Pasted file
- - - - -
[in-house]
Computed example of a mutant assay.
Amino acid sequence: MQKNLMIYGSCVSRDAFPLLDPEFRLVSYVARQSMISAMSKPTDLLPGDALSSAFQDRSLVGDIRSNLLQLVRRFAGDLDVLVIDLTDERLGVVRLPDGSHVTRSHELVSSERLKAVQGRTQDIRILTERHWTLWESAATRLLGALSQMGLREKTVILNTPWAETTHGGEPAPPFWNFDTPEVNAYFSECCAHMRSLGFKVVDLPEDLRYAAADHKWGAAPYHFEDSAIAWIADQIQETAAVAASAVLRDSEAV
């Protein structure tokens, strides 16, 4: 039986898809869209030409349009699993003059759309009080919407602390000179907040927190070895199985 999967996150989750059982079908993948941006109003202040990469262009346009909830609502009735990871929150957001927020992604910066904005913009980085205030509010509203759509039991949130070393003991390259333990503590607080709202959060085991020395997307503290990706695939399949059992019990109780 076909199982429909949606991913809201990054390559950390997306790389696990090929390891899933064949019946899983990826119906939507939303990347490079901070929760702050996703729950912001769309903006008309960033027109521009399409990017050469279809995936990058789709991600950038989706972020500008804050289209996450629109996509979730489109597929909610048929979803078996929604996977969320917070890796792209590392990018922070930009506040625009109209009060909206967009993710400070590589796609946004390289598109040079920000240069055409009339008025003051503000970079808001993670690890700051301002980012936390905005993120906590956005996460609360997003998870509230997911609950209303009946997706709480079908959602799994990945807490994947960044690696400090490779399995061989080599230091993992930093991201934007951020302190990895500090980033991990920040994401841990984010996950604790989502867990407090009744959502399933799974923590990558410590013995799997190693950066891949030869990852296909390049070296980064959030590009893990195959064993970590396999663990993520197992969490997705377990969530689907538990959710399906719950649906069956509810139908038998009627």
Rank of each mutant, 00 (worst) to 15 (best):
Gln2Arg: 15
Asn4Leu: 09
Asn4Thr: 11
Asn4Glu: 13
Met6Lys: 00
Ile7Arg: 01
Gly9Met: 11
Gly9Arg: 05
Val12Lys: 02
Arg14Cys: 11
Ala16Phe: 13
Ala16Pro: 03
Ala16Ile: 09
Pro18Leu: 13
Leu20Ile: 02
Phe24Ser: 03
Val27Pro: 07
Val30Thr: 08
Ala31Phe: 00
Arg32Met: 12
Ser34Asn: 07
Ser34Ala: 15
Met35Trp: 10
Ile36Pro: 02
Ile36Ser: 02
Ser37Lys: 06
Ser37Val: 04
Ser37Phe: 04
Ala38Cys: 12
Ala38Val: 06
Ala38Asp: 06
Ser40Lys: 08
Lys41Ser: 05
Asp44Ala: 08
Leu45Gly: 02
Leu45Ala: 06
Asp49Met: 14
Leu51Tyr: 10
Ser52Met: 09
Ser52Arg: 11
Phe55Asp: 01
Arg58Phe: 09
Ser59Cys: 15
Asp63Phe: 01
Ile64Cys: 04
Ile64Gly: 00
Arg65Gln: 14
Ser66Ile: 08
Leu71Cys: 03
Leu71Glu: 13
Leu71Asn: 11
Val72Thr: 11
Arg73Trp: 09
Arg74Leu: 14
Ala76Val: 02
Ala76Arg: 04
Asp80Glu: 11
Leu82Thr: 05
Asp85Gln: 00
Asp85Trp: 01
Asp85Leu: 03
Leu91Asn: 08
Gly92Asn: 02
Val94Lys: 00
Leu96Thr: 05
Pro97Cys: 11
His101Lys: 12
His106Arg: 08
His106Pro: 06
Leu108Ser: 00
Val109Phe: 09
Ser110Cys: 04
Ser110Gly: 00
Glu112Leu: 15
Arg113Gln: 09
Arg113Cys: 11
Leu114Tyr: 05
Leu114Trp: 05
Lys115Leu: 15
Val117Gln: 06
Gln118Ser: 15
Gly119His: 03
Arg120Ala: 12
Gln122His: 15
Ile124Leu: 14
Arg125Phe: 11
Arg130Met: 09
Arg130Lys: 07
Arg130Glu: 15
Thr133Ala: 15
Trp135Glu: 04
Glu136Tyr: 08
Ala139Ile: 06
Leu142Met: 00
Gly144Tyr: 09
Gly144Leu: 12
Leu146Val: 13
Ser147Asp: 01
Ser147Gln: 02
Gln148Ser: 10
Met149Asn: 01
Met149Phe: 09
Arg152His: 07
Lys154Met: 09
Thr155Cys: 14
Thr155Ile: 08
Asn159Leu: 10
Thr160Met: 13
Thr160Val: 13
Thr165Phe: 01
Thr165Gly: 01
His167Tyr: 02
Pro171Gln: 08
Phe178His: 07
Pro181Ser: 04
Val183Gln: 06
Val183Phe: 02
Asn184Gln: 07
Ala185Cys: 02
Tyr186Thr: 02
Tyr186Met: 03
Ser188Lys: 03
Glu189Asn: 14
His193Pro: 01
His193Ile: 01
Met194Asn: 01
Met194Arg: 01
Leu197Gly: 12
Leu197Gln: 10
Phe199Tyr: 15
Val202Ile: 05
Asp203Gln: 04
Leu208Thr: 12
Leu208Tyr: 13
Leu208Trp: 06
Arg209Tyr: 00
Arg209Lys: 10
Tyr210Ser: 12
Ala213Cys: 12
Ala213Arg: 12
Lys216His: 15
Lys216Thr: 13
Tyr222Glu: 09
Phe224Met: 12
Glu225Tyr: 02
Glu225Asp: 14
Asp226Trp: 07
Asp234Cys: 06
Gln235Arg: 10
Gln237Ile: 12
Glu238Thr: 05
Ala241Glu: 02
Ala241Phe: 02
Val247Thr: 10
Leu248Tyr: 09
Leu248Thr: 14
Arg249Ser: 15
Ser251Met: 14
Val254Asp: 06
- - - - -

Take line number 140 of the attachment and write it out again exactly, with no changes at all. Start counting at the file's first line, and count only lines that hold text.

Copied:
Leu208Trp: 06